New York 1997. Part 3.

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When we are young children our earliest, hazy notions of geography may lead us to associate iconic sights, sites and buildings with countries around the world, perhaps through a child’s atlas or one of those pictorial, world jigsaws. For me, it was kangaroos and Australia, polar bears and the Arctic and The Empire State Building in America; because for so long, throughout my childhood it remained the tallest building in the world.

When we woke on Empire State visiting day I peered out of the window blinds to see bright sunlight, the previous day’s fog and rain entirely dissipated. My suggestion to find breakfast somewhere around Central Park was futile on this Monday, which, it transpired was a state holiday, hence the quiet streets and shuttered diners. The park was busy with runners, cyclists and roller-bladers, their serious intent written clearly in their expressions. Exercise must not be for fun! We trekked back West towards our hotel area to find breakfast and Husband, who was persuaded into sampling pancakes and maple syrup, declared he was not a convert to this American staple. My disgraceful consumption of French toast + maple syrup + butter, however was delicious.

As there were several hours to fill before our ticket time we walked again-to ‘Columbus Circle’, Carnegie Hall and on to Trump Tower, the exterior of which is clad in gold up to the first floor. Inside the atrium an extravagant decor of amber marble and gold. In the basement, where we got coffee, one wall ran with water. ‘You’d think’ I remarked to Husband, ‘ that with all his money Donald would have ensured he didn’t get all this condensation’. Husband agreed. ‘Obviously the roof leaks’ he replied. To a minimalist such as myself the entire building is an excrescence-but each to their own, as they say.

It was a long walk to the Chrysler Building, a beautiful monument to Art Deco dressed in a cone of silver semicircles, the RCA building [radio and TV], the Grand Central Terminal and, at last, The Empire State Building. We could skip the queue for tickets but smugness was short-lived as we joined the elevator queue, though it moved swiftly. We chatted to the jovial Egyptians ahead of us. ‘I am from Luxor!’ announced one, rotund gent earnestly, ‘it is my town!’

‘Beautiful!’ I told him, ‘Beautiful place!’

‘Did you go to Aswan?’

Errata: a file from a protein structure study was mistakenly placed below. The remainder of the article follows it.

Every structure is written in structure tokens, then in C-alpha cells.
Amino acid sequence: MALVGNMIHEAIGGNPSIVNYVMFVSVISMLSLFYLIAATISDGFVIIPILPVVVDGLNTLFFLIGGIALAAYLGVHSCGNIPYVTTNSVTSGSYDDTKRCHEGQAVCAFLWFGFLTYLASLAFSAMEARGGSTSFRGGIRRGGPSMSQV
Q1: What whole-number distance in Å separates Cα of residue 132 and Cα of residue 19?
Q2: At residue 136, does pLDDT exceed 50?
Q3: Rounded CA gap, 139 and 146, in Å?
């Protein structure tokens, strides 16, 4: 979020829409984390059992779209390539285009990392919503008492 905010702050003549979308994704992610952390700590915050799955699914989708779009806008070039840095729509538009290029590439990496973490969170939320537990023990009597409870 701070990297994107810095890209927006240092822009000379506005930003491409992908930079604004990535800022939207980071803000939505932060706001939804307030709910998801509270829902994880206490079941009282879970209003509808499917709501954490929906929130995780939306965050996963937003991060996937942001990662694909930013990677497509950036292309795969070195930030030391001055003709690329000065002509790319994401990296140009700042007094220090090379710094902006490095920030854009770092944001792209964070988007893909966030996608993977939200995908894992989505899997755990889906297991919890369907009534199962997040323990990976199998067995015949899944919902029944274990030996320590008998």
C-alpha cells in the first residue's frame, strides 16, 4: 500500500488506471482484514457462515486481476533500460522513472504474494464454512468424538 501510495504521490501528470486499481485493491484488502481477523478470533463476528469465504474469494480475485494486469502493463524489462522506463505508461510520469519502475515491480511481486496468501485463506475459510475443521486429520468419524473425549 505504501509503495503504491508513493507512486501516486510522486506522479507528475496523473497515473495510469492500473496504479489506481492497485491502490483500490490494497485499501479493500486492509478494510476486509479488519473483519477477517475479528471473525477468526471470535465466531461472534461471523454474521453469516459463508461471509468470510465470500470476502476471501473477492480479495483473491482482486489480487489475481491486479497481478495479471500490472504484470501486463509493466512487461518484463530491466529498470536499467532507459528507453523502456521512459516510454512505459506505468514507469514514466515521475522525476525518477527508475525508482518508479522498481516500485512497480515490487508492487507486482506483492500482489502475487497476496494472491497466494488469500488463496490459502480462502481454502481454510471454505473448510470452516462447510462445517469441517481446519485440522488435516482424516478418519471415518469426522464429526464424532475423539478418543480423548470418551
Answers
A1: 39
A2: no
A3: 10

‘Yes,’ I said. ‘I loved it there. I love hot places!’

We reached the lift and piled in for a rapid ascent, quickly up to 80 floors, where there was a viewing chamber, enclosed and still queuing, walking round in a pen. I was worried that this was it, but Husband assured me there must be more. On upwards and suddenly out into an observation area. Stunning! We strolled around-and around, taking shots, looking and looking. In the gift shop I succumbed to Empire State earrings, an item of jewellery subsequently seldom worn that is now lost.

When I peruse the photos of that day, of the crowded observation platform, the excited photographers, gift shop browsers, the views of Manhattan stretching below in all its geometric familiarity, one overwhelming feature cannot be ignored. There is the iconic view, the skyscrapers, the famous landmarks and there among it all, the dark, twin rectangles of The World Trade Centre, jutting up into the blue sky and dominating the skyline because then, for that short time, these were the tallest buildings. And in our innocence of what was to come we marvelled at them.

Washington Square was alive with street entertainers. Three, small black children were playing chamber music, a group of tumblers, glossy and muscular, a scrappy acoustic band of ageing hippies, crowds gathered to watch, to play, to exercise or relax. On to Little Italy, to Sotto and Chinatown and then to the finance houses and courthouses, until Brooklyn Bridge was upon us, dwarfed by the twin towers but no less breath-taking with the sun beginning to set behind it. We had just enough energy to walk across and back, then sank into seats in an Irish bar, the barman happy to converse.

As the skyscrapers became silhouettes we went to the World Trade Centre, eager to ascend the tower at dusk, for a night view of the city. There were few waiting for tickets or the lift, in which the ascent was lightning fast and my ears popped and popped. 107 floors.

The night view from the top of the World Trade Centre surpassed anything we’d seen thus far, rendering us speechless. In my journal there is a faded, pink post-it note of our plans for that day. On the same page I’ve written this passage:

‘They were somewhat speechless; higher than all the other skyscrapers, up amongst the aeroplanes. The road below illuminated like electrical wires, jewelled with sparkling lights. You could sit against the windows on a metal bench and feel that you were hanging over, a dizzying experience.’

The last page of the chapter bears this John Donne quote:

‘When I am gone dream me some happiness; Nor let thy looks our long-hid love confess; Nor praise, nor dispraise me, bless, or curse Openly love’s force;

 

 

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